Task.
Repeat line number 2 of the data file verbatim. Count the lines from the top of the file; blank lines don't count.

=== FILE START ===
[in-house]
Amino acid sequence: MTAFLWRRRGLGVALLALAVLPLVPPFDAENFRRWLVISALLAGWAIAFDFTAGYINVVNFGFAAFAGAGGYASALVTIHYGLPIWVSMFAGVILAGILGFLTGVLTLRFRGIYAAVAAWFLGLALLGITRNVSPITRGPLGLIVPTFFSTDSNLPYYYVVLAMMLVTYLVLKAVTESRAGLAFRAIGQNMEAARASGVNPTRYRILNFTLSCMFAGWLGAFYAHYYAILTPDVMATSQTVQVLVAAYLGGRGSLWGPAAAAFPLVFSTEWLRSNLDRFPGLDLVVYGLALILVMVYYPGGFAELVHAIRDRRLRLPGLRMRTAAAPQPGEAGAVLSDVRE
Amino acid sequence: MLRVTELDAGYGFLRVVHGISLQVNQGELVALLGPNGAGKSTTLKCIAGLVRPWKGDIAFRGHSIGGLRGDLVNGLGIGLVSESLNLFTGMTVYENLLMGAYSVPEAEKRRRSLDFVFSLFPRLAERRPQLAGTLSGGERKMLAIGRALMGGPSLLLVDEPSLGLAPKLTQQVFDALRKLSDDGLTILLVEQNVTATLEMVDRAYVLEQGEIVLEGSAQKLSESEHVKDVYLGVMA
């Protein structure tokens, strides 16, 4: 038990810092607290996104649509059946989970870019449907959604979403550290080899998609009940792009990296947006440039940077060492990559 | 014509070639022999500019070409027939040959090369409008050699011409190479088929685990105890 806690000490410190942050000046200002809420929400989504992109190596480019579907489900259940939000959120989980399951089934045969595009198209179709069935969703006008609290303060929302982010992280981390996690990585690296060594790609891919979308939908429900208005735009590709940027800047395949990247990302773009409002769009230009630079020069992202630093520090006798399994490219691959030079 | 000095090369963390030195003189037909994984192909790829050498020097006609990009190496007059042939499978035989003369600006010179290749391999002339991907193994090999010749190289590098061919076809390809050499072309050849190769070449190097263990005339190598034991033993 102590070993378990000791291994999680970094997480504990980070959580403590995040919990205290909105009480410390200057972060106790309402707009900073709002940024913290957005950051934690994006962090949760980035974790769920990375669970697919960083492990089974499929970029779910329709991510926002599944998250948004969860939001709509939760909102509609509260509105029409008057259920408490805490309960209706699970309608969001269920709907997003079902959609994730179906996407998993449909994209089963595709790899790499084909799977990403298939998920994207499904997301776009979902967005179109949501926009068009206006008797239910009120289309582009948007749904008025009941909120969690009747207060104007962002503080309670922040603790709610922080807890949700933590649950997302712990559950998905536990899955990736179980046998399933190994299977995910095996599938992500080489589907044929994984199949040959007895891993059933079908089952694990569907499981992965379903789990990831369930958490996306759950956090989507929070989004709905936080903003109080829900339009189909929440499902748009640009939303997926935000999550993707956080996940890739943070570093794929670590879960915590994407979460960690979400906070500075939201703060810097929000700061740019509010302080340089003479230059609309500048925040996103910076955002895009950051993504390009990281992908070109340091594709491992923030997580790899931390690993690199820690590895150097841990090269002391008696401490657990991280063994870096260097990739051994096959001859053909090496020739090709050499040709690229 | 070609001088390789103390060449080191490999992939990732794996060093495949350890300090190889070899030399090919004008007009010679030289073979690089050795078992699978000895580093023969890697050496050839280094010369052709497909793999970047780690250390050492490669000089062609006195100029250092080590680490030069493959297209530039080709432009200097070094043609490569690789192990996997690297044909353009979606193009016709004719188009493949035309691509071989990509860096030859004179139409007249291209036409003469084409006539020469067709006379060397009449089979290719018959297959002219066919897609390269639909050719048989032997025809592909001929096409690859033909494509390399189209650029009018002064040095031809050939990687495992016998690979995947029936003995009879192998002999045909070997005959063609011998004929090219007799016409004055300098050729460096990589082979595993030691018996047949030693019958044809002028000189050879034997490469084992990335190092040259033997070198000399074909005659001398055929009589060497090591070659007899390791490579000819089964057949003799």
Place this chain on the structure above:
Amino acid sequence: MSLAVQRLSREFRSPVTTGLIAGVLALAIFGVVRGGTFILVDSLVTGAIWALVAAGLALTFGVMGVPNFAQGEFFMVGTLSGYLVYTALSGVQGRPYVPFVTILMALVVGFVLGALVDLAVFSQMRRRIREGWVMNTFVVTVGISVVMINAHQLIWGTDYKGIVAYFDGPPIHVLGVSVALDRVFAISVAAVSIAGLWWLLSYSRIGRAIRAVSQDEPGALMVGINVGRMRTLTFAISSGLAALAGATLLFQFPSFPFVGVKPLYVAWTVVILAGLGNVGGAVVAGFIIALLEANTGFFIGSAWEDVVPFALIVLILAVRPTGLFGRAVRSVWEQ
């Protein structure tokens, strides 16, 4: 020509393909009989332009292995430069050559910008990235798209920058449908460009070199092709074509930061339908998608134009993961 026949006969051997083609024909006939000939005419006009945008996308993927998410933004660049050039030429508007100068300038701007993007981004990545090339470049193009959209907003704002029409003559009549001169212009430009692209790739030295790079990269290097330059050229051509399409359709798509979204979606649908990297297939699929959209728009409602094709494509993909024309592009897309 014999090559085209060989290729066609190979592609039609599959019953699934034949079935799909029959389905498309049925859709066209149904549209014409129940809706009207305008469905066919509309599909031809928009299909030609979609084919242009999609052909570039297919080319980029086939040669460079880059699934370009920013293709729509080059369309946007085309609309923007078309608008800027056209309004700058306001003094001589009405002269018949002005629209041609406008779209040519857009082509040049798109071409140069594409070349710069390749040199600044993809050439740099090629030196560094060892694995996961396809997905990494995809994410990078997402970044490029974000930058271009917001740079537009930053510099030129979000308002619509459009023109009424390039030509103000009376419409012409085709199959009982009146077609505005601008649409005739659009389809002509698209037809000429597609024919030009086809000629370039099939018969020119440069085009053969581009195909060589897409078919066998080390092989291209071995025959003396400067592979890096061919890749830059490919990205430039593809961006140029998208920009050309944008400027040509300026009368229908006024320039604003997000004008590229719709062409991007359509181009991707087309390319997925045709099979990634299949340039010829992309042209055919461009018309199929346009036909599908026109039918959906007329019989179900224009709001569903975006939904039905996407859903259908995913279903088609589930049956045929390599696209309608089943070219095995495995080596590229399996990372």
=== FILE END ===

Amino acid sequence: MTAFLWRRRGLGVALLALAVLPLVPPFDAENFRRWLVISALLAGWAIAFDFTAGYINVVNFGFAAFAGAGGYASALVTIHYGLPIWVSMFAGVILAGILGFLTGVLTLRFRGIYAAVAAWFLGLALLGITRNVSPITRGPLGLIVPTFFSTDSNLPYYYVVLAMMLVTYLVLKAVTESRAGLAFRAIGQNMEAARASGVNPTRYRILNFTLSCMFAGWLGAFYAHYYAILTPDVMATSQTVQVLVAAYLGGRGSLWGPAAAAFPLVFSTEWLRSNLDRFPGLDLVVYGLALILVMVYYPGGFAELVHAIRDRRLRLPGLRMRTAAAPQPGEAGAVLSDVRE